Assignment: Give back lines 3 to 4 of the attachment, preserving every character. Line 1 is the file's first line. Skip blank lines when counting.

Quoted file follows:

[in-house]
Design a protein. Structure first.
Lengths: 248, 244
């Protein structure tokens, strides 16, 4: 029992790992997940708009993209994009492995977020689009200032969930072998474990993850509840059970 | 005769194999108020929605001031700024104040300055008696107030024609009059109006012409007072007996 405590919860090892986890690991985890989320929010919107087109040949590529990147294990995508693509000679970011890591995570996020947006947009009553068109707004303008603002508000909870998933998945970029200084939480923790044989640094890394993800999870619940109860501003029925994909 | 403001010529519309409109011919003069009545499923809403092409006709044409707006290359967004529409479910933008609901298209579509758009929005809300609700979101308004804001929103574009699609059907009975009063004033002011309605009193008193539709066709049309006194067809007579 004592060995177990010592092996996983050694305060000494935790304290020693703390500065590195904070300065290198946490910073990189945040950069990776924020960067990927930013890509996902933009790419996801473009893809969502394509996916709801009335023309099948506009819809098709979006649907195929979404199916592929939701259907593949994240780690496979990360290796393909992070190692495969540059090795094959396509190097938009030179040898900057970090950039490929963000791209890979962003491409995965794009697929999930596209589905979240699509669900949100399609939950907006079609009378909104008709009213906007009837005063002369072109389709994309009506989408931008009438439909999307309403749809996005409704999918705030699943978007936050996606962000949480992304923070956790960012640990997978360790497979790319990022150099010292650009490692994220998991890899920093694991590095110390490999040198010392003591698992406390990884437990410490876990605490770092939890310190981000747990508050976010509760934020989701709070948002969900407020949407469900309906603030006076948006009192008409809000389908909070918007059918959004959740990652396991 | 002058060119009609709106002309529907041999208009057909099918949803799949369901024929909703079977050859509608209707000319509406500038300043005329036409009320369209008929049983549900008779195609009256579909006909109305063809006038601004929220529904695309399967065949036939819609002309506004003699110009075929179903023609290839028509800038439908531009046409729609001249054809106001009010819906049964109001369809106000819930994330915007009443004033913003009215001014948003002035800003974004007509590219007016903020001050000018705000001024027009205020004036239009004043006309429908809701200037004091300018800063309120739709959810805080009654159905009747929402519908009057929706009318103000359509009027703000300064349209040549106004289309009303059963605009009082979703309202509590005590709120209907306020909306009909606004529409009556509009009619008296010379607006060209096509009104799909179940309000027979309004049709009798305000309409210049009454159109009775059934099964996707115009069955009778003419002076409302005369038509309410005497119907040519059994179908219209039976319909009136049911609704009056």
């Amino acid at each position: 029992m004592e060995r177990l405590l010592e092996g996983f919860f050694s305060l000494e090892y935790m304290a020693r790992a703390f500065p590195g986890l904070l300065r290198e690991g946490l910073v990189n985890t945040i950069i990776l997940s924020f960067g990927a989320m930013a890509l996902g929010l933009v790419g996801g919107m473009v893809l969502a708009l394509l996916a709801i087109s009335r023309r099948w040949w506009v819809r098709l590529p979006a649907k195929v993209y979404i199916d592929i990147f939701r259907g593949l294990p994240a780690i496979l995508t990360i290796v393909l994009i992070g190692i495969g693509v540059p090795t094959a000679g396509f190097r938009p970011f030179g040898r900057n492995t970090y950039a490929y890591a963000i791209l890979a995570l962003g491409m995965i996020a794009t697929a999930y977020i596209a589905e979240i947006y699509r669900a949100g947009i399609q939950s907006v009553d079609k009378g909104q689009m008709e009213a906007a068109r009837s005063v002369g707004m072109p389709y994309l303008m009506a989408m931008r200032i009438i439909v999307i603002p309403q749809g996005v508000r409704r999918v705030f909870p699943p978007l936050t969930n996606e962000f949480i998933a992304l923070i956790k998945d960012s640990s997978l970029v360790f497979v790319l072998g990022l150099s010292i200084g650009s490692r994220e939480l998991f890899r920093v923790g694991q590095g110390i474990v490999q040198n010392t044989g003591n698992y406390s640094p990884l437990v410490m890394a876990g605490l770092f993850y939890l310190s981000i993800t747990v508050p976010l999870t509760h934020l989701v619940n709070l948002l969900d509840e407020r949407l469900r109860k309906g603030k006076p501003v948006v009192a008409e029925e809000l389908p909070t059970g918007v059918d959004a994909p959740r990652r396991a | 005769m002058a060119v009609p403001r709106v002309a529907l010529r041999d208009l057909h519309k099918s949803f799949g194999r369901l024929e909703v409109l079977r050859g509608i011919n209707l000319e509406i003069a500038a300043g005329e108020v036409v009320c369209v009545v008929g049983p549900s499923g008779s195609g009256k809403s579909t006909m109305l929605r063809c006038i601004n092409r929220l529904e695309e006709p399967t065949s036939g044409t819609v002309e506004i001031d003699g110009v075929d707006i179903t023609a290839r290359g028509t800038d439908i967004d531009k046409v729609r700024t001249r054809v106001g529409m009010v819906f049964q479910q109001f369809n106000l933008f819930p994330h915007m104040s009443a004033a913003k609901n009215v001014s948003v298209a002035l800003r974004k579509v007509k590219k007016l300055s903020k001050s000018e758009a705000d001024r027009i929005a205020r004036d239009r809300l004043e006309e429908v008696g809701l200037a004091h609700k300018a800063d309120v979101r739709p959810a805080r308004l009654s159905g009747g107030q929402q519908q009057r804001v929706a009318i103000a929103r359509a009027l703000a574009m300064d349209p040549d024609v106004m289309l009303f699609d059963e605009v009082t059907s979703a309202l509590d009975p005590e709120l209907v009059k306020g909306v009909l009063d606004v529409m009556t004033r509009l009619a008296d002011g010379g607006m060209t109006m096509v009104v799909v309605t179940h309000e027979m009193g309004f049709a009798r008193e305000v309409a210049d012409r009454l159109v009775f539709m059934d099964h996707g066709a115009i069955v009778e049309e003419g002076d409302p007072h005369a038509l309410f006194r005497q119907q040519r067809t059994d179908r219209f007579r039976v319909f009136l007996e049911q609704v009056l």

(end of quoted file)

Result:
Lengths: 248, 244
């Protein structure tokens, strides 16, 4: 029992790992997940708009993209994009492995977020689009200032969930072998474990993850509840059970 | 005769194999108020929605001031700024104040300055008696107030024609009059109006012409007072007996 405590919860090892986890690991985890989320929010919107087109040949590529990147294990995508693509000679970011890591995570996020947006947009009553068109707004303008603002508000909870998933998945970029200084939480923790044989640094890394993800999870619940109860501003029925994909 | 403001010529519309409109011919003069009545499923809403092409006709044409707006290359967004529409479910933008609901298209579509758009929005809300609700979101308004804001929103574009699609059907009975009063004033002011309605009193008193539709066709049309006194067809007579 004592060995177990010592092996996983050694305060000494935790304290020693703390500065590195904070300065290198946490910073990189945040950069990776924020960067990927930013890509996902933009790419996801473009893809969502394509996916709801009335023309099948506009819809098709979006649907195929979404199916592929939701259907593949994240780690496979990360290796393909992070190692495969540059090795094959396509190097938009030179040898900057970090950039490929963000791209890979962003491409995965794009697929999930596209589905979240699509669900949100399609939950907006079609009378909104008709009213906007009837005063002369072109389709994309009506989408931008009438439909999307309403749809996005409704999918705030699943978007936050996606962000949480992304923070956790960012640990997978360790497979790319990022150099010292650009490692994220998991890899920093694991590095110390490999040198010392003591698992406390990884437990410490876990605490770092939890310190981000747990508050976010509760934020989701709070948002969900407020949407469900309906603030006076948006009192008409809000389908909070918007059918959004959740990652396991 | 002058060119009609709106002309529907041999208009057909099918949803799949369901024929909703079977050859509608209707000319509406500038300043005329036409009320369209008929049983549900008779195609009256579909006909109305063809006038601004929220529904695309399967065949036939819609002309506004003699110009075929179903023609290839028509800038439908531009046409729609001249054809106001009010819906049964109001369809106000819930994330915007009443004033913003009215001014948003002035800003974004007509590219007016903020001050000018705000001024027009205020004036239009004043006309429908809701200037004091300018800063309120739709959810805080009654159905009747929402519908009057929706009318103000359509009027703000300064349209040549106004289309009303059963605009009082979703309202509590005590709120209907306020909306009909606004529409009556509009009619008296010379607006060209096509009104799909179940309000027979309004049709009798305000309409210049009454159109009775059934099964996707115009069955009778003419002076409302005369038509309410005497119907040519059994179908219209039976319909009136049911609704009056």